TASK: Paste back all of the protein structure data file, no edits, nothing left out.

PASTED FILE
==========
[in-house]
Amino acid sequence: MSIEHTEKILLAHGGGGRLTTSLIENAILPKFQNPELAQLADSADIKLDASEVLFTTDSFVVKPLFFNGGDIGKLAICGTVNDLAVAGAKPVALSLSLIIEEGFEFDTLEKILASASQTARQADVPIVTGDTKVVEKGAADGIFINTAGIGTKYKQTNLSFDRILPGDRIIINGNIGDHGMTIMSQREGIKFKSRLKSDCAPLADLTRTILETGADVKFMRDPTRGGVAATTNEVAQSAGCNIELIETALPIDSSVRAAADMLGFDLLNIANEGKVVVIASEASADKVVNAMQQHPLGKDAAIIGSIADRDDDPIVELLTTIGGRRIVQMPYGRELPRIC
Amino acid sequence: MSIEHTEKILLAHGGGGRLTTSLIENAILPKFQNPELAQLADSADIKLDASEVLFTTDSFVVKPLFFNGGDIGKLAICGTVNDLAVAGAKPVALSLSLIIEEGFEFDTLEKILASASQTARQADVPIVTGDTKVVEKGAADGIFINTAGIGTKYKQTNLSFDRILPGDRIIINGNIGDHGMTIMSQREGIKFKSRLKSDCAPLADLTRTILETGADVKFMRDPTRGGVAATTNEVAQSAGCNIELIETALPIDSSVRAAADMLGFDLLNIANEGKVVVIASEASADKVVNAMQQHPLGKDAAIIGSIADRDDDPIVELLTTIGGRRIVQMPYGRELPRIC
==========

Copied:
[in-house]
Amino acid sequence: MSIEHTEKILLAHGGGGRLTTSLIENAILPKFQNPELAQLADSADIKLDASEVLFTTDSFVVKPLFFNGGDIGKLAICGTVNDLAVAGAKPVALSLSLIIEEGFEFDTLEKILASASQTARQADVPIVTGDTKVVEKGAADGIFINTAGIGTKYKQTNLSFDRILPGDRIIINGNIGDHGMTIMSQREGIKFKSRLKSDCAPLADLTRTILETGADVKFMRDPTRGGVAATTNEVAQSAGCNIELIETALPIDSSVRAAADMLGFDLLNIANEGKVVVIASEASADKVVNAMQQHPLGKDAAIIGSIADRDDDPIVELLTTIGGRRIVQMPYGRELPRIC
Amino acid sequence: MSIEHTEKILLAHGGGGRLTTSLIENAILPKFQNPELAQLADSADIKLDASEVLFTTDSFVVKPLFFNGGDIGKLAICGTVNDLAVAGAKPVALSLSLIIEEGFEFDTLEKILASASQTARQADVPIVTGDTKVVEKGAADGIFINTAGIGTKYKQTNLSFDRILPGDRIIINGNIGDHGMTIMSQREGIKFKSRLKSDCAPLADLTRTILETGADVKFMRDPTRGGVAATTNEVAQSAGCNIELIETALPIDSSVRAAADMLGFDLLNIANEGKVVVIASEASADKVVNAMQQHPLGKDAAIIGSIADRDDDPIVELLTTIGGRRIVQMPYGRELPRIC